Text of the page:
University of Massachusetts Amherst

It's MORE Than A Meal

Dietary Supplements

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dietary supplements and health

Translations of Fact Sheet

There are many dietary supplements. Examples are vitamins, minerals, herbs, amino acids, fish oils, garlic, and flax seed. Companies promote them as being good for health. But this doesn’t mean they are healthy for everyone. It depends on the person, the supplement, and the dose.

Vitamins and Minerals

Everyone needs vitamins and minerals. Foods are the best source. However, many older adults may not get enough from foods. Their diets may be low in calcium, vitamin B12, vitamin D, or other nutrients. A vitamin-mineral supplement can help meet nutrient needs.

Before taking vitamin or mineral supplements, be aware that:

  • Large doses of some nutrients may have harmful effects.
  • Some supplements may react with medicines.
  • You should ask the doctor whether supplements are needed, and what dose is best.

Herbal Supplements

Many people have heard health claims about herbal supplements. Examples are ginseng, St. John’s wort, and black cohosh.

Medical experts are studying whether herbs are safe and effective. Here is what they have learned so far:

  • Some may have positive effects.
  • Others may react with medicines or nutrients.
  • Some have harmful contaminants.
  • The amount listed on the label may differ from what is in the actual dose.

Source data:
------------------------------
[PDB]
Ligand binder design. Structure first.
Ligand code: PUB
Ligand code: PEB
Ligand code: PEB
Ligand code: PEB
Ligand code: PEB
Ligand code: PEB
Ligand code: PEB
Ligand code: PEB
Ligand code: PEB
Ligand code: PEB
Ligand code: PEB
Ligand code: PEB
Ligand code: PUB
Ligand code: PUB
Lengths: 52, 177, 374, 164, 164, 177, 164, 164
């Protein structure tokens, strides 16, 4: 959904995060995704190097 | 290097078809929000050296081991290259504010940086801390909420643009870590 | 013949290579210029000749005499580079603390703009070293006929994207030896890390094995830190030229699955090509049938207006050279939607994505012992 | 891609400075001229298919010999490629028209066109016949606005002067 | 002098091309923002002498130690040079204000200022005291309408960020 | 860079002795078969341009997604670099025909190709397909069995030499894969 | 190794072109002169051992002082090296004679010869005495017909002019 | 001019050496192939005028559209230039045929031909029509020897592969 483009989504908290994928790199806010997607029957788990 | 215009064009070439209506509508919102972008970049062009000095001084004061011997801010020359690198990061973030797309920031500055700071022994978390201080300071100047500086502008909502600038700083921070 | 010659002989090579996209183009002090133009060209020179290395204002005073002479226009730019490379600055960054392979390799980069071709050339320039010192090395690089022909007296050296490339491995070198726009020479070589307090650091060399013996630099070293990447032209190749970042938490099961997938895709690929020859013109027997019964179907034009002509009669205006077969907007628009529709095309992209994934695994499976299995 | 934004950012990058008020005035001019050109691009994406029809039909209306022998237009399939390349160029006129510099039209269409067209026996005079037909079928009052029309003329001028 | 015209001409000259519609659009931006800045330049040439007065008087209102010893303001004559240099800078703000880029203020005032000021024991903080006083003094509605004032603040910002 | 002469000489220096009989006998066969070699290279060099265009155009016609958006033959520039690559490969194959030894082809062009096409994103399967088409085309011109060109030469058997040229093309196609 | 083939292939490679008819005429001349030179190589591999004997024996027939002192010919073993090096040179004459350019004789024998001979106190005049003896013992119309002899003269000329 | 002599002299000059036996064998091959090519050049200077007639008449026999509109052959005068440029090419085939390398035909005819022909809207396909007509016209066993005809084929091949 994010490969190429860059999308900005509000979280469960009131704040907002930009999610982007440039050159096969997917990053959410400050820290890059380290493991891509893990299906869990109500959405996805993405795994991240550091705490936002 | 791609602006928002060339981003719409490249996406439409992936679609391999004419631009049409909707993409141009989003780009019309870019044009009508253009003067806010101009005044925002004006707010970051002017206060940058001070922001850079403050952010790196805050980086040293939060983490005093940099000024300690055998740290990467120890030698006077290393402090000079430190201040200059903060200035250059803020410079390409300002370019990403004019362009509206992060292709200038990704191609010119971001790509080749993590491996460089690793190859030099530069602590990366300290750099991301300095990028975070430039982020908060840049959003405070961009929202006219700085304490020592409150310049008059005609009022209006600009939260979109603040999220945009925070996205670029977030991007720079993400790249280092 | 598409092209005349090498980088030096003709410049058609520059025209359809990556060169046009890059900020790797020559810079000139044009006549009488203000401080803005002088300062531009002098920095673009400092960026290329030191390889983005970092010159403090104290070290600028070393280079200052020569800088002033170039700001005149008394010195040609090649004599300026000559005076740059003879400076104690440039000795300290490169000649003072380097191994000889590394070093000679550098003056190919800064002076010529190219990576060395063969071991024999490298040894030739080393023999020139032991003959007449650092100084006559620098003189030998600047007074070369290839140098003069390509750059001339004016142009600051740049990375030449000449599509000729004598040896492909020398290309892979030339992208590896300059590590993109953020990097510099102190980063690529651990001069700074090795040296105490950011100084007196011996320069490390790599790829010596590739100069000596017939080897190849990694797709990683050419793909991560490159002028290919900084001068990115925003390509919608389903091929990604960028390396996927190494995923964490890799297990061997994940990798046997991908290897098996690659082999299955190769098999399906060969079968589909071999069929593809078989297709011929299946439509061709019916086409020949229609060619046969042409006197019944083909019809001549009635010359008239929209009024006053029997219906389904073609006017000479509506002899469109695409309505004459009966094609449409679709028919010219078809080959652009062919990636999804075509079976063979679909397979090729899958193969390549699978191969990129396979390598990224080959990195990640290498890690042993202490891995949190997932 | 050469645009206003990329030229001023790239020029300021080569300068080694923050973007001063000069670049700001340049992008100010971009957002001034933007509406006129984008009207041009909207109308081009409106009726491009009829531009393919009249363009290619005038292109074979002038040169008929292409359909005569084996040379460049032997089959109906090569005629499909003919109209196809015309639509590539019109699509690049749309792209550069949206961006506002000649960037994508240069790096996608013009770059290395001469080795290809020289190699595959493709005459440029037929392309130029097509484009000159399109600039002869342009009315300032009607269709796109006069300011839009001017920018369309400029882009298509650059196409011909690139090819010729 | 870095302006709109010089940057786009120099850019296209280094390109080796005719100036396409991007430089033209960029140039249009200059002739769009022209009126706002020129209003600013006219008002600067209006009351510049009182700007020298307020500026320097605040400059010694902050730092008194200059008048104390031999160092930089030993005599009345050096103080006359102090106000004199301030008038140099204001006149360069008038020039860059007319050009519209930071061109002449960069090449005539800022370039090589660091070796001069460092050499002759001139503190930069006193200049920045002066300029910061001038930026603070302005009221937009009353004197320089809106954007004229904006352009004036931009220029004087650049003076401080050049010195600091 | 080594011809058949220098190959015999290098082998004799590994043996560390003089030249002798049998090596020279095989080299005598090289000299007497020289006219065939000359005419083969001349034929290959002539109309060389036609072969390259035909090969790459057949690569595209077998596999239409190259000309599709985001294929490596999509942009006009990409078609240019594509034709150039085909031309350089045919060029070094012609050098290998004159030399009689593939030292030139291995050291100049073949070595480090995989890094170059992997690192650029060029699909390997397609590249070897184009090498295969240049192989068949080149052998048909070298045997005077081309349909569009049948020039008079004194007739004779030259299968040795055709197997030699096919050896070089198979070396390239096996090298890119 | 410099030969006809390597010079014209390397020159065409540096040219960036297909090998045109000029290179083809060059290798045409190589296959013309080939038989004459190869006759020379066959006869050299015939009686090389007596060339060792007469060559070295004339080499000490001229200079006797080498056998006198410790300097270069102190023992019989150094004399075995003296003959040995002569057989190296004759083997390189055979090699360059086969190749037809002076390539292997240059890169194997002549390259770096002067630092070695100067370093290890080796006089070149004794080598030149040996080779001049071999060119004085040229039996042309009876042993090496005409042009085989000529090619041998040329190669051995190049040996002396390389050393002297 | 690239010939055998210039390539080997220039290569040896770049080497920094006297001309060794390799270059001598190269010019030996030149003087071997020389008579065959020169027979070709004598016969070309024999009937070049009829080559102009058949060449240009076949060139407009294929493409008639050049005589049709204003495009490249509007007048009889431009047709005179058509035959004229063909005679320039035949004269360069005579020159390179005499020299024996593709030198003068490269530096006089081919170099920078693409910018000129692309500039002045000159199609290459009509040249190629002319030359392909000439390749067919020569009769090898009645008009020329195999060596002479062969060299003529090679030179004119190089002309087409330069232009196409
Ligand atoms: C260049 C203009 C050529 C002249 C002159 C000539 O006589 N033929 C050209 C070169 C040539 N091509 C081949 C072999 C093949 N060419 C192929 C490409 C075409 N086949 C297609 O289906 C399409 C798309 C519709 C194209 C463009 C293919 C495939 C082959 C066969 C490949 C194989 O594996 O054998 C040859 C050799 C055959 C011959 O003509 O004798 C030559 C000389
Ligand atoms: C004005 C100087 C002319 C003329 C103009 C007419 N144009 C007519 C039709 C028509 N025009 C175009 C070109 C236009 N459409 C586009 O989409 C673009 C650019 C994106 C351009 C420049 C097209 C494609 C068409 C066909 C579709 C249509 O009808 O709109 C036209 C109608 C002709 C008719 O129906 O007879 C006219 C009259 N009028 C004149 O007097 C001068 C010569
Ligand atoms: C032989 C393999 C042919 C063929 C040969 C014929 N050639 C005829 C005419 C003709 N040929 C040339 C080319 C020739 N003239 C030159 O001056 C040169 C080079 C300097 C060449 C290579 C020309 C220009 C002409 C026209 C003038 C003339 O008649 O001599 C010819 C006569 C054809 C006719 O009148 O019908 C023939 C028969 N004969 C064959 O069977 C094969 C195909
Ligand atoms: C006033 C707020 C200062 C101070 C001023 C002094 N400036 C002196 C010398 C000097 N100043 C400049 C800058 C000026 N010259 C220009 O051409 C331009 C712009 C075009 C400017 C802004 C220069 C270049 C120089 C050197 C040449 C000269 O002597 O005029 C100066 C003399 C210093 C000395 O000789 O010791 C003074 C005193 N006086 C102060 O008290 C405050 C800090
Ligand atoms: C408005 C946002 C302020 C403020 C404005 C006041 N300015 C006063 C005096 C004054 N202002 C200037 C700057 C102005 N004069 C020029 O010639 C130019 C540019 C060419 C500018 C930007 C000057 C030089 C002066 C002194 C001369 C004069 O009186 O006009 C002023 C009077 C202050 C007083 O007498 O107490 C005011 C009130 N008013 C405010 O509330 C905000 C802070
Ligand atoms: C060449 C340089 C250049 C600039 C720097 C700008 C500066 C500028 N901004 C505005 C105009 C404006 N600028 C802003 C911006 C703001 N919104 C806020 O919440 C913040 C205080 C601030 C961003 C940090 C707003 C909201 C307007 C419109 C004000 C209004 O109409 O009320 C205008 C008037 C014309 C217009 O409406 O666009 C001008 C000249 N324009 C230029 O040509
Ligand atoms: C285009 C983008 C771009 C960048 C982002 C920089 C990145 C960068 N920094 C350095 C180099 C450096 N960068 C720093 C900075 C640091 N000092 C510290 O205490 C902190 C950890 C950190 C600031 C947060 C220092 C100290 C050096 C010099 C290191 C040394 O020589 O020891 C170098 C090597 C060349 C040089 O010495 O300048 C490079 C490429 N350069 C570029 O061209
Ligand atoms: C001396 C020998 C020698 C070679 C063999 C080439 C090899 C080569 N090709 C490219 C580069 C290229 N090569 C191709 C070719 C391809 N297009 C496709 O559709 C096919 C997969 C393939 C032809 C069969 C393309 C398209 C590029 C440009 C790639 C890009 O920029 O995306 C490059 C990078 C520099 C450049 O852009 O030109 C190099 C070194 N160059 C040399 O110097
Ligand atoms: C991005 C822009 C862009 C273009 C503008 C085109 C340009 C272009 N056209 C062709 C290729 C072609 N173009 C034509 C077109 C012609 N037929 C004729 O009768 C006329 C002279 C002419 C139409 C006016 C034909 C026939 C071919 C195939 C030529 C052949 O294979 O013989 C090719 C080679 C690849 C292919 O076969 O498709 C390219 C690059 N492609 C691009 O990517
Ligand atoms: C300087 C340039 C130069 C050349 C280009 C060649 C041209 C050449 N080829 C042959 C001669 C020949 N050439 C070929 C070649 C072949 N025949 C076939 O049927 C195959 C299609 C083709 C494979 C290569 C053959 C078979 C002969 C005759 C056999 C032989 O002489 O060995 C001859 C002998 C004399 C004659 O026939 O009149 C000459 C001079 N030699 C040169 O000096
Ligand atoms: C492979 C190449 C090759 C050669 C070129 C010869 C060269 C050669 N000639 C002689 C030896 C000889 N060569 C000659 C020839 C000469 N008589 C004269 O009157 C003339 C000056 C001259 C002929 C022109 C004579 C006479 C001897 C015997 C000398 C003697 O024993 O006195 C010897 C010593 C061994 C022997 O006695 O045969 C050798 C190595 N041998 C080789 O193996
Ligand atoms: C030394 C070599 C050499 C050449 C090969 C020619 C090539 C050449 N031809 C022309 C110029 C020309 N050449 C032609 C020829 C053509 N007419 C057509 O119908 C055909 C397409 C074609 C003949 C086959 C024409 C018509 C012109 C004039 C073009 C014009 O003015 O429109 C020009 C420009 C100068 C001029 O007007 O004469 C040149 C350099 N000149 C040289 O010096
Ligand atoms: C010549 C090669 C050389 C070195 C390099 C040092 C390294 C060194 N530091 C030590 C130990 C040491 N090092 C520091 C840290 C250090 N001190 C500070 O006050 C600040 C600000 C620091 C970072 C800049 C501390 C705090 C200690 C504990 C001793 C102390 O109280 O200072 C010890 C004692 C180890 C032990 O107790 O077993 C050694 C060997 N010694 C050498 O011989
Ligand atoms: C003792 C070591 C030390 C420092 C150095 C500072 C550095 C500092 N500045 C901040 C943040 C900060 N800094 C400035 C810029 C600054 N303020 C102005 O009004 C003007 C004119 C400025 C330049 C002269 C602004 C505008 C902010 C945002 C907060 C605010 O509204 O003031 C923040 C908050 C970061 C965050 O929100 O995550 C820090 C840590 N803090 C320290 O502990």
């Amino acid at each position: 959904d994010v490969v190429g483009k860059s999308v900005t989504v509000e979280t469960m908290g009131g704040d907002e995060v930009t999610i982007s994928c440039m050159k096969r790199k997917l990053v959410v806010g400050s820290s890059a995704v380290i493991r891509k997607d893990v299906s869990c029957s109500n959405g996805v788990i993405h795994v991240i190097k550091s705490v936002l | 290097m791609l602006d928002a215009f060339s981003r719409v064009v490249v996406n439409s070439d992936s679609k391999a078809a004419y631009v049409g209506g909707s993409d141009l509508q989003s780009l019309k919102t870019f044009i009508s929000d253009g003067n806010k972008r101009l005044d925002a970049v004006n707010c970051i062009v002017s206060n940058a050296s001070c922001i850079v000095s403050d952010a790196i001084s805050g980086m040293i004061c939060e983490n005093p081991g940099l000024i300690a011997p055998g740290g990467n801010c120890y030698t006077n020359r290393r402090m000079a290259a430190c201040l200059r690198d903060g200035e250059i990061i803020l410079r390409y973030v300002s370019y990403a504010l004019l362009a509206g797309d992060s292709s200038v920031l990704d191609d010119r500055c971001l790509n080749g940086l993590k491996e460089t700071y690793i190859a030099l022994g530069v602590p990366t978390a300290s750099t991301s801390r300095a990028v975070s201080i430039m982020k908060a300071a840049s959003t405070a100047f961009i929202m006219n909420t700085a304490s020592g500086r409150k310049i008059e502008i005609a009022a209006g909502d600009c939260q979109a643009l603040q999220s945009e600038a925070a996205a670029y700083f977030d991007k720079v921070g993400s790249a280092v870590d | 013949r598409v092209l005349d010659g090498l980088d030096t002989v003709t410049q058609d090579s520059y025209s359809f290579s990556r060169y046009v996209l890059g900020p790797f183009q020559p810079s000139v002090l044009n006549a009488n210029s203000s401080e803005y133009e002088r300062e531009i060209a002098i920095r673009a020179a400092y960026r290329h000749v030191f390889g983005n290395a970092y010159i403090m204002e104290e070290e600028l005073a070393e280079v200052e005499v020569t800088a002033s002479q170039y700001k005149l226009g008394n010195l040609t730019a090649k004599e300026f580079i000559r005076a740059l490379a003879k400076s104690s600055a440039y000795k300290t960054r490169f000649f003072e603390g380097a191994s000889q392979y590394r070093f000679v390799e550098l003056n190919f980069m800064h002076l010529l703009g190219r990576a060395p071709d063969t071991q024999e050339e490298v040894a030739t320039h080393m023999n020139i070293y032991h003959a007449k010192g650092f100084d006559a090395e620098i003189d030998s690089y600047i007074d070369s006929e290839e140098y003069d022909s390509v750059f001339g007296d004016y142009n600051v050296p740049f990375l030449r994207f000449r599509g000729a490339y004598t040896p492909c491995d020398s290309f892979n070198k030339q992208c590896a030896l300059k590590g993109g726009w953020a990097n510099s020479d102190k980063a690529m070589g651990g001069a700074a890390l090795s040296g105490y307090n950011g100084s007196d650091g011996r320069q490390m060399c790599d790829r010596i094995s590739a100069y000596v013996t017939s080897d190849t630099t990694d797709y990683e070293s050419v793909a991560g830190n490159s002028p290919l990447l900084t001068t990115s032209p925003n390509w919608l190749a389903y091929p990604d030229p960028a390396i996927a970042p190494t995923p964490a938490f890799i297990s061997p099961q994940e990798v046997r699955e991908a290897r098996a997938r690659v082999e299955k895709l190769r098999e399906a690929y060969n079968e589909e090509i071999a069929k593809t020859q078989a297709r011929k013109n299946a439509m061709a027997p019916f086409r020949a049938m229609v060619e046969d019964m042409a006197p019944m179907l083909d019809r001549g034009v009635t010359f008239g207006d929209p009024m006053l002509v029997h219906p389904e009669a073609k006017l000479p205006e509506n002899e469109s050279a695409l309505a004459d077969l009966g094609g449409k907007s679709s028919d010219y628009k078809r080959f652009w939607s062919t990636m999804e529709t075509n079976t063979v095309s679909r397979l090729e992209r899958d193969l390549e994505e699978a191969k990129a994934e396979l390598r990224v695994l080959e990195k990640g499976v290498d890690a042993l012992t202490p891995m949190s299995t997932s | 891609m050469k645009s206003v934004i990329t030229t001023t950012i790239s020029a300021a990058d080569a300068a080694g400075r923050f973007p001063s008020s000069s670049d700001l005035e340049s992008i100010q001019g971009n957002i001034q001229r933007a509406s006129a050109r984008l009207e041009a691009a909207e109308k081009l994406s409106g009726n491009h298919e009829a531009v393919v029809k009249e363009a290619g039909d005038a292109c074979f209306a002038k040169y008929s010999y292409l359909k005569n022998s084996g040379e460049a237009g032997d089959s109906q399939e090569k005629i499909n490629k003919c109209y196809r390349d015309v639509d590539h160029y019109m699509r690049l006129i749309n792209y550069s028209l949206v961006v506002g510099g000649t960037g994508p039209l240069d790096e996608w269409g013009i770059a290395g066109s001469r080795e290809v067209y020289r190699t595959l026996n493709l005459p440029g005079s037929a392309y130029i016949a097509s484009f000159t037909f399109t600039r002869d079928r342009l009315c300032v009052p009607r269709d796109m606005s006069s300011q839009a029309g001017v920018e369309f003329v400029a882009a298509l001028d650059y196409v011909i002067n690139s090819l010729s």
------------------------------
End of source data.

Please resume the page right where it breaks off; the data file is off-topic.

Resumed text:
Other Dietary Supplements

Experts are also studying other dietary supplements to learn whether they are effective and safe. These include amino acids, fish oils, garlic, and flax seed.

ask your health care provider

  • Supplements should not replace a healthful diet or medical advice.
  • Large doses aren’t always better than smaller doses. They can even be harmful.
  • Some supplements may react with medicines, or with other supplements. This may have harmful effects.
  • Until experts learn more about certain supplements, it may be too soon to recommend them.

for more information

Food and Drug Administration (FDA)
Tips for Older Dietary Supplement Users

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Developed for the Massachusetts Department of Education Child and Adult Care Food Program by the University of Massachusetts Extension Nutrition Education Program. Permission is hereby granted by the Massachusetts Department of Education to copy any or all parts of this document for non-commercial educational purposes. The Massachusetts Department of Education, an Affirmative Action employer, is committed to ensuring that all of its programs and facilities are accessible to all members of the public. We do not discriminate on the basis of age, color, disability, national origin, race, religion, sex, or sexual orientation.